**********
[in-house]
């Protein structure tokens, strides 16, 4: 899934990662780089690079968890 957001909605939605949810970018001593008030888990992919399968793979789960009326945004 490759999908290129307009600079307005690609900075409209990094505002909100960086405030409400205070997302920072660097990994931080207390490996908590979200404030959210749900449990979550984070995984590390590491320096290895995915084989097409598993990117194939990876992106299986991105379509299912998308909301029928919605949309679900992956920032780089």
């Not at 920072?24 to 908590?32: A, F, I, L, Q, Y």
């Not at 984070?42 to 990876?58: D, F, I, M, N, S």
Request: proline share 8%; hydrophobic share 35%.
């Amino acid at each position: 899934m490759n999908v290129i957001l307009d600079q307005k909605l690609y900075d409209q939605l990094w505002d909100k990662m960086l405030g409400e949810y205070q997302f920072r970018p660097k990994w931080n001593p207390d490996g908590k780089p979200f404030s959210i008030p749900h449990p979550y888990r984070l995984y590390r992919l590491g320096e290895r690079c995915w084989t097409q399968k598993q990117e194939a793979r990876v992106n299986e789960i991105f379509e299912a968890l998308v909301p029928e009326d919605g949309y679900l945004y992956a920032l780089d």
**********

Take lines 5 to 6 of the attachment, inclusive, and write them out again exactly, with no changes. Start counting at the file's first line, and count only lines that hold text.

Request: proline share 8%; hydrophobic share 35%.
């Amino acid at each position: 899934m490759n999908v290129i957001l307009d600079q307005k909605l690609y900075d409209q939605l990094w505002d909100k990662m960086l405030g409400e949810y205070q997302f920072r970018p660097k990994w931080n001593p207390d490996g908590k780089p979200f404030s959210i008030p749900h449990p979550y888990r984070l995984y590390r992919l590491g320096e290895r690079c995915w084989t097409q399968k598993q990117e194939a793979r990876v992106n299986e789960i991105f379509e299912a968890l998308v909301p029928e009326d919605g949309y679900l945004y992956a920032l780089d």